There’s been quite a bit of chatter about this classic cocktail of late, both in local blogosphere and nationally. Ancillary Adams, citing inspiration from the New York Times liquor blog Proof, provided his (insanely wrong, in my humble opinion) recipe for the drink. The aforementioned Proof went on at some length regarding the battle between the fruit-salad and…well, the old-fashioned contingents in the OF wars. Liquor Snob links to a couple recipes.
I’m a big fan of the old fashioned and have a few rules to guide you. Use a small glass, an old fashioned glass if you will, something around 5-6 oz. In the bottom pour 2 barspoons simple syrup (1:1 sugar to water, shaken or heated until sugar dissolves, but for the love of all that’s holy, don’t let it start to simmer). You can use more or less to taste; I don’t care for an overly sweet Old Fashioned. Add three dashes Angostura, more or less. Or use your favorite aromatic bitters. I’m a huge fan of Fee Bros. Whiskey Barrel-Aged Aromatic Bitters. Or their more common offering, the Old Fashioned Aromatic Bitters, available locally at Red-X and probably other places. Right now I’m test driving the aromatic bitters from The Bitter Truth. Not bad, very anise-y, but it took like twelve dashes to taste the darned things.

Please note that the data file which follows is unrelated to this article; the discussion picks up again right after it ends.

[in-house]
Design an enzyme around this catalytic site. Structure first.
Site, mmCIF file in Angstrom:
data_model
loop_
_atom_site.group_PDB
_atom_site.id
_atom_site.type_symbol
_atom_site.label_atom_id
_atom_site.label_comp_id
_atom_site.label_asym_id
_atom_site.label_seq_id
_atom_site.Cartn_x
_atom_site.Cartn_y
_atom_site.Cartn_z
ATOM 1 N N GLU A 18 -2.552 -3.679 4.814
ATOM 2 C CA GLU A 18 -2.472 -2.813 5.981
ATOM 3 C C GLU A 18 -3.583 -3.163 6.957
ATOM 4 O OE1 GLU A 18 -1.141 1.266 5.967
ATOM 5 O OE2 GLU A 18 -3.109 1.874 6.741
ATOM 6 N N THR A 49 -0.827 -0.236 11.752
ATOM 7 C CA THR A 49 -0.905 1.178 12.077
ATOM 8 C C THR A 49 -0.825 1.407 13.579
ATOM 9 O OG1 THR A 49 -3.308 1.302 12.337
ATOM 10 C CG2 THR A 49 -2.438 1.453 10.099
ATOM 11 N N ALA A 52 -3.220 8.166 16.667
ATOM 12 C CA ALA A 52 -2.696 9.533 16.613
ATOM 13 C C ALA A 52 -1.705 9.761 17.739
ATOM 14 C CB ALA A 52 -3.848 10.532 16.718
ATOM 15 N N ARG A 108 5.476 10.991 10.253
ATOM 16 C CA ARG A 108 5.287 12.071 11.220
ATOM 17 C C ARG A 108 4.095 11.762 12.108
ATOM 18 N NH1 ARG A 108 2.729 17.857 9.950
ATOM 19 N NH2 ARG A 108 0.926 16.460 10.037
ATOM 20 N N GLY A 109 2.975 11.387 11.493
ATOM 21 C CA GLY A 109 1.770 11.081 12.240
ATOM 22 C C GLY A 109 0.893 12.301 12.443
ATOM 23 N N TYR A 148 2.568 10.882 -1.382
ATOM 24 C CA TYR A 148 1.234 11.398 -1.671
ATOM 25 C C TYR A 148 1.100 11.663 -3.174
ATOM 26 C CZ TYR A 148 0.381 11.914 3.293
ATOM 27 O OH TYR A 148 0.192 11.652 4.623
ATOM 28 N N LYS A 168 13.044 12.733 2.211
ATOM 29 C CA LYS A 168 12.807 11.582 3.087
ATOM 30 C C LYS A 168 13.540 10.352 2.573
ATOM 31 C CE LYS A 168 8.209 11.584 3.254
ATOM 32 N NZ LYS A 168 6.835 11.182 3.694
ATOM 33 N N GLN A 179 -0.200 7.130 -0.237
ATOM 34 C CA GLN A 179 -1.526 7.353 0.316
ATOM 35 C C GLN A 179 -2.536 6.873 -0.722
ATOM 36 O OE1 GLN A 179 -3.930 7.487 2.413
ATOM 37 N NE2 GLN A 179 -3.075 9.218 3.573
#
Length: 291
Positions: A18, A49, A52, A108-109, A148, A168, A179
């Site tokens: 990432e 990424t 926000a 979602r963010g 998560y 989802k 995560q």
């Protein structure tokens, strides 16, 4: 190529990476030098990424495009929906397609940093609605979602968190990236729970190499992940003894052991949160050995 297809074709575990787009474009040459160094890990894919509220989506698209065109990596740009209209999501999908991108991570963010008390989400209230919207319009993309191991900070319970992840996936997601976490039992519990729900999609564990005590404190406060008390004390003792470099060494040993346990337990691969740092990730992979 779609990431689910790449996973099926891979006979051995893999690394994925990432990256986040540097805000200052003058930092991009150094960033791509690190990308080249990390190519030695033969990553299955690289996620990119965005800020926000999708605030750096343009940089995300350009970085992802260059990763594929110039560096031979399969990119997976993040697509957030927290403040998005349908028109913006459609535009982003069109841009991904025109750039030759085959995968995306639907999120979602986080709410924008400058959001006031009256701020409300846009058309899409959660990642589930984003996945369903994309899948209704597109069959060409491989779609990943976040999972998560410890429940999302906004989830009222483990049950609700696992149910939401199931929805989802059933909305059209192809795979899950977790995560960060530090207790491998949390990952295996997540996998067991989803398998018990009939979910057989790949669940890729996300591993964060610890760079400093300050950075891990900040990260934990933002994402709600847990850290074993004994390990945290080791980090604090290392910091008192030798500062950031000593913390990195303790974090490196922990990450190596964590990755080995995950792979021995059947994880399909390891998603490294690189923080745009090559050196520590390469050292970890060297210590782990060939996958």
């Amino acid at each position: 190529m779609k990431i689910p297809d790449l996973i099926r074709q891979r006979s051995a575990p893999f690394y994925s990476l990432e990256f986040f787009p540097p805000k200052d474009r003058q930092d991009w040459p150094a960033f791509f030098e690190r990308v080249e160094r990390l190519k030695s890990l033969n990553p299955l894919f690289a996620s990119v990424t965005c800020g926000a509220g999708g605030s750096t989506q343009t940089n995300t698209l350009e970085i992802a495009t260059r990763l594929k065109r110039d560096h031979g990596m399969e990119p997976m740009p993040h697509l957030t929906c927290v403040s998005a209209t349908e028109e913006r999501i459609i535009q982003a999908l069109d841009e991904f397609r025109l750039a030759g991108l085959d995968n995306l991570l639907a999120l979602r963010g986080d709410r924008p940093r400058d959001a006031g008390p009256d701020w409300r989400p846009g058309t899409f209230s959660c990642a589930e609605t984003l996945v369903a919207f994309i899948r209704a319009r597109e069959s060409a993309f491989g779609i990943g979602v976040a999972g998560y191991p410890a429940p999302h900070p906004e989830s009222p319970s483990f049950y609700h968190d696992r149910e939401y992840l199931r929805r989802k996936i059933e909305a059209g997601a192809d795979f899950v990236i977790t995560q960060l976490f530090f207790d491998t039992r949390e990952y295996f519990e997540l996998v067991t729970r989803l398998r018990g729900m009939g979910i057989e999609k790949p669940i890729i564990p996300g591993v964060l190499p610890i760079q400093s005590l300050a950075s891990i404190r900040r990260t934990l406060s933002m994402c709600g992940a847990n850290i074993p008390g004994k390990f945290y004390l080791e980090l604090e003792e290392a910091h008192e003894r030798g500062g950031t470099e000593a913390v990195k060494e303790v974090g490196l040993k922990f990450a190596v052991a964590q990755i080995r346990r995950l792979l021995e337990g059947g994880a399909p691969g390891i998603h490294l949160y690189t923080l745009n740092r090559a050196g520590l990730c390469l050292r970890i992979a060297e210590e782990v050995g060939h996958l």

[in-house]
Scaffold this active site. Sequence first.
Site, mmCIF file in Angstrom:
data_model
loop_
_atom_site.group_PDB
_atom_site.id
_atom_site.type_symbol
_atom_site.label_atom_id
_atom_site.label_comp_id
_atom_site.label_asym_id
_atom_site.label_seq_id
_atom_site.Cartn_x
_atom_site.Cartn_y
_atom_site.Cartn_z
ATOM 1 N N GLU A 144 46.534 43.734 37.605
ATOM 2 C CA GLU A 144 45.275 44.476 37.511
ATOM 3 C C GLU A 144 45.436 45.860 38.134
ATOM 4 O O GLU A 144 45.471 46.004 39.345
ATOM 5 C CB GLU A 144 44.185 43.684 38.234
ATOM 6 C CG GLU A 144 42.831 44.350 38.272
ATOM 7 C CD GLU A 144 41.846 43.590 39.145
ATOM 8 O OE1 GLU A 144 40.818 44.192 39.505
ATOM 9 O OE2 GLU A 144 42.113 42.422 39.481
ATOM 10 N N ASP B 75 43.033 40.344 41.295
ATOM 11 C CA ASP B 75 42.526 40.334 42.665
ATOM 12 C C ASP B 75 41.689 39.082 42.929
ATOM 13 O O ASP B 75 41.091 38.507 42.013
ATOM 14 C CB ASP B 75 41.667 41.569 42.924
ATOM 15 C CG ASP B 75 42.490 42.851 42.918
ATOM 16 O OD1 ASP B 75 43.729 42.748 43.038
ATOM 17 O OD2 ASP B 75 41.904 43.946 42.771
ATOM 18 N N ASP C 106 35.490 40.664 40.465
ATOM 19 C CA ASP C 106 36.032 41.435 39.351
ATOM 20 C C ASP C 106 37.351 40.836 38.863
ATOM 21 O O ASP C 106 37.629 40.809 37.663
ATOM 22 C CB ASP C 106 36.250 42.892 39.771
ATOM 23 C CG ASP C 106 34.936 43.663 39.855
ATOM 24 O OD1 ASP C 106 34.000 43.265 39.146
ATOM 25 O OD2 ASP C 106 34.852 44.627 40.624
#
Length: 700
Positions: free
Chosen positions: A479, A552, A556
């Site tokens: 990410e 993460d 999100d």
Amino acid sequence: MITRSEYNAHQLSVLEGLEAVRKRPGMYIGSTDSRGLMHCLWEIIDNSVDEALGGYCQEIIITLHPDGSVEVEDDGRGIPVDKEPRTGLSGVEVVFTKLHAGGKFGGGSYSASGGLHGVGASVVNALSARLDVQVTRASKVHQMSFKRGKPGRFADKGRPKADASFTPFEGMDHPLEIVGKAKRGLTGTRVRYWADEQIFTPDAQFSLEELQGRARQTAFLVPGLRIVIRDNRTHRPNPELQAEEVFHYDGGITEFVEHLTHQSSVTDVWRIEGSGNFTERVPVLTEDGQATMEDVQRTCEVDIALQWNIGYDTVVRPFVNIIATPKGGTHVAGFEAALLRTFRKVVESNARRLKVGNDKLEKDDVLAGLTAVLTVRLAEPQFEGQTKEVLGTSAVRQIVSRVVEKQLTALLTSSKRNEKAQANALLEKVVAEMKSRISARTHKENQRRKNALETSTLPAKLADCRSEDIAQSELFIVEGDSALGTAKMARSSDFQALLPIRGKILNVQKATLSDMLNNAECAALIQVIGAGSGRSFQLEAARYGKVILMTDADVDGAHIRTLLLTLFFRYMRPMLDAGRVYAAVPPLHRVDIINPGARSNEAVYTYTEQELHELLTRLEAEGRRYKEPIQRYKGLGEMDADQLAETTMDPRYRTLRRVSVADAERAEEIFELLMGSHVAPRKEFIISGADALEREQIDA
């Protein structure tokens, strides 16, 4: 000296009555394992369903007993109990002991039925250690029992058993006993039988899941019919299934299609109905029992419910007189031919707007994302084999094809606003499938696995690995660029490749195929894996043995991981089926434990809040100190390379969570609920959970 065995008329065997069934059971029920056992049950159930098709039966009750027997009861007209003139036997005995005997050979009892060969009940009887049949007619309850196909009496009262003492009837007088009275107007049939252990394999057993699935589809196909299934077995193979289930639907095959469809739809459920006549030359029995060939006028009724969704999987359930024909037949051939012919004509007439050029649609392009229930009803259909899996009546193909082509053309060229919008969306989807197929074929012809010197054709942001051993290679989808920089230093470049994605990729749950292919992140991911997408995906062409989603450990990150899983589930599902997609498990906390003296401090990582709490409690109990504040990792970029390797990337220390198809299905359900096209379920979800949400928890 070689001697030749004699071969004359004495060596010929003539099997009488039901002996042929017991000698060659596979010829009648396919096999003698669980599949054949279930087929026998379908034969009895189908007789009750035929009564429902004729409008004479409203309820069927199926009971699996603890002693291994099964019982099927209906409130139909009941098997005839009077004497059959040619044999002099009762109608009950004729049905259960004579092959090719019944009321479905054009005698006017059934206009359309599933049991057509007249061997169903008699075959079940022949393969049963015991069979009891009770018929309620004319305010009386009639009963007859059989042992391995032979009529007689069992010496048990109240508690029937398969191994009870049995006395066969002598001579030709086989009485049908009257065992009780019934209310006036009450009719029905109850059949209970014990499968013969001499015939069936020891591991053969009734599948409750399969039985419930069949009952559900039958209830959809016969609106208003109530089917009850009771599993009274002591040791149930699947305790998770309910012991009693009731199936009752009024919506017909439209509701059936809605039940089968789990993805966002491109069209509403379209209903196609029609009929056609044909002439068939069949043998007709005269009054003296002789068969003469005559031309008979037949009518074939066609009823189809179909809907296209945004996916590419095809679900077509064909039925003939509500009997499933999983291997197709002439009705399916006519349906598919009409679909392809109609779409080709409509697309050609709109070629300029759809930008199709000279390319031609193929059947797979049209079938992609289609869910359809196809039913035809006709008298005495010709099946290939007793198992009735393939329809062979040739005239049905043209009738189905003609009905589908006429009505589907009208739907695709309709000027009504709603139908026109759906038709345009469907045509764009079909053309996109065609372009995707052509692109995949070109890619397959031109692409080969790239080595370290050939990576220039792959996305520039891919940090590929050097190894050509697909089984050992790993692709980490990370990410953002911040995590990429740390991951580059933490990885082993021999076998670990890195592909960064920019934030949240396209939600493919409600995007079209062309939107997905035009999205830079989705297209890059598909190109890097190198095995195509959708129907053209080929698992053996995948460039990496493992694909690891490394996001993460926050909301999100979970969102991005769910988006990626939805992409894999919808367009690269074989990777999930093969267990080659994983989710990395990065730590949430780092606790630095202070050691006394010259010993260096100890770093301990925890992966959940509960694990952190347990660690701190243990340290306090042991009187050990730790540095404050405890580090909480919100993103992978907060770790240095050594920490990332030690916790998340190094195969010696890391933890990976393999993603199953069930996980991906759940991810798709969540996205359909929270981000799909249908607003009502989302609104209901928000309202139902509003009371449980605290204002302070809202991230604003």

Add a good-sized ice cube or two. If, like me, your Tovolo trays haven’t arrived yet due mainly in part to having yet to be ordered, use whatever ice you have. I had some crap ice from the 31st St. Berbiglia that’s been partially melted and refrozen and had to be dropped several times on the kitchen floor reducing most of it to ice dust. Sigh. Fill to within half an inch of the top with a decent bourbon (I like Old Grandad 80 proof for this) or rye (Rittenhouse, sometimes. Or Wild Turkey 101). Give it a stir. Twist a bit of lemon peel over the top and drop the peel in. Easy-peasy. And no innocent oranges nor cherries were harmed, and that’s got to make you feel better about yourself.
The thing about Old Fashioned is they can pretty much be made from any base spirit. While bourbon & rye are traditional, you’ll find a lot of brandy Old Fashioned up Minnesota-way. You could even use vodka or gin, I suppose, but there are far nicer applications for those.
Something I’ve been playing with lately, the Newfangled Old Fashioned, made in the manner described above but substitue rhum agricole for the bourbon. Delicious.